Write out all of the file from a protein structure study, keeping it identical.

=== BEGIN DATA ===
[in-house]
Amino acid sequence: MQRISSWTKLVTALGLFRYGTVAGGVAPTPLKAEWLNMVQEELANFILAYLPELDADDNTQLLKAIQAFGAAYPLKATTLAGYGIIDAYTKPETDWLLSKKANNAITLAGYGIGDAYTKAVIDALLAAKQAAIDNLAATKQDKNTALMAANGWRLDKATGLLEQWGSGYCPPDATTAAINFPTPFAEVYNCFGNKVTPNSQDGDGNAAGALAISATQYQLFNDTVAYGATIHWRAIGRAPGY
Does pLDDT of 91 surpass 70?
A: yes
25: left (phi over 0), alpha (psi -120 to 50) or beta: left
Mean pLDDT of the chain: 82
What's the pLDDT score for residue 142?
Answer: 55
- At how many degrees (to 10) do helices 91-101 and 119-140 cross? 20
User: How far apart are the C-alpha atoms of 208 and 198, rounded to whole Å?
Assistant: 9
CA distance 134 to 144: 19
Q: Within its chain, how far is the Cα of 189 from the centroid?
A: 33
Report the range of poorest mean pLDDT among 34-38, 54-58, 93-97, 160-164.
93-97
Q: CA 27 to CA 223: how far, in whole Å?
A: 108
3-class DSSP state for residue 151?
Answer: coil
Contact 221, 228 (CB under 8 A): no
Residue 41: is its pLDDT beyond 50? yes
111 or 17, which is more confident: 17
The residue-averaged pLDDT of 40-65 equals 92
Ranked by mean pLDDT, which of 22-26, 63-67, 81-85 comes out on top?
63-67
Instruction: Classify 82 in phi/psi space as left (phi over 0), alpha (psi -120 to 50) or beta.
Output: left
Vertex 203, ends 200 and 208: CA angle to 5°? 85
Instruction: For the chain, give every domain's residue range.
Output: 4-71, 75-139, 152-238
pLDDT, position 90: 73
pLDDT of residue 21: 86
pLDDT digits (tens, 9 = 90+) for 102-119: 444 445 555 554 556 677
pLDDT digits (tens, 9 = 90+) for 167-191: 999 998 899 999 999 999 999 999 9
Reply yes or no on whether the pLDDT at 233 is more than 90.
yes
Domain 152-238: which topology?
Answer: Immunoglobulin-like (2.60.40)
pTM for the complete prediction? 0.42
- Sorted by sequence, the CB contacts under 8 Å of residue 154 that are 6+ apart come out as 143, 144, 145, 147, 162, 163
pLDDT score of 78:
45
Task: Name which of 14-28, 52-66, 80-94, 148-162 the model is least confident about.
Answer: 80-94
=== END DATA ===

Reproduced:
[in-house]
Amino acid sequence: MQRISSWTKLVTALGLFRYGTVAGGVAPTPLKAEWLNMVQEELANFILAYLPELDADDNTQLLKAIQAFGAAYPLKATTLAGYGIIDAYTKPETDWLLSKKANNAITLAGYGIGDAYTKAVIDALLAAKQAAIDNLAATKQDKNTALMAANGWRLDKATGLLEQWGSGYCPPDATTAAINFPTPFAEVYNCFGNKVTPNSQDGDGNAAGALAISATQYQLFNDTVAYGATIHWRAIGRAPGY
Does pLDDT of 91 surpass 70?
A: yes
25: left (phi over 0), alpha (psi -120 to 50) or beta: left
Mean pLDDT of the chain: 82
What's the pLDDT score for residue 142?
Answer: 55
- At how many degrees (to 10) do helices 91-101 and 119-140 cross? 20
User: How far apart are the C-alpha atoms of 208 and 198, rounded to whole Å?
Assistant: 9
CA distance 134 to 144: 19
Q: Within its chain, how far is the Cα of 189 from the centroid?
A: 33
Report the range of poorest mean pLDDT among 34-38, 54-58, 93-97, 160-164.
93-97
Q: CA 27 to CA 223: how far, in whole Å?
A: 108
3-class DSSP state for residue 151?
Answer: coil
Contact 221, 228 (CB under 8 A): no
Residue 41: is its pLDDT beyond 50? yes
111 or 17, which is more confident: 17
The residue-averaged pLDDT of 40-65 equals 92
Ranked by mean pLDDT, which of 22-26, 63-67, 81-85 comes out on top?
63-67
Instruction: Classify 82 in phi/psi space as left (phi over 0), alpha (psi -120 to 50) or beta.
Output: left
Vertex 203, ends 200 and 208: CA angle to 5°? 85
Instruction: For the chain, give every domain's residue range.
Output: 4-71, 75-139, 152-238
pLDDT, position 90: 73
pLDDT of residue 21: 86
pLDDT digits (tens, 9 = 90+) for 102-119: 444 445 555 554 556 677
pLDDT digits (tens, 9 = 90+) for 167-191: 999 998 899 999 999 999 999 999 9
Reply yes or no on whether the pLDDT at 233 is more than 90.
yes
Domain 152-238: which topology?
Answer: Immunoglobulin-like (2.60.40)
pTM for the complete prediction? 0.42
- Sorted by sequence, the CB contacts under 8 Å of residue 154 that are 6+ apart come out as 143, 144, 145, 147, 162, 163
pLDDT score of 78:
45
Task: Name which of 14-28, 52-66, 80-94, 148-162 the model is least confident about.
Answer: 80-94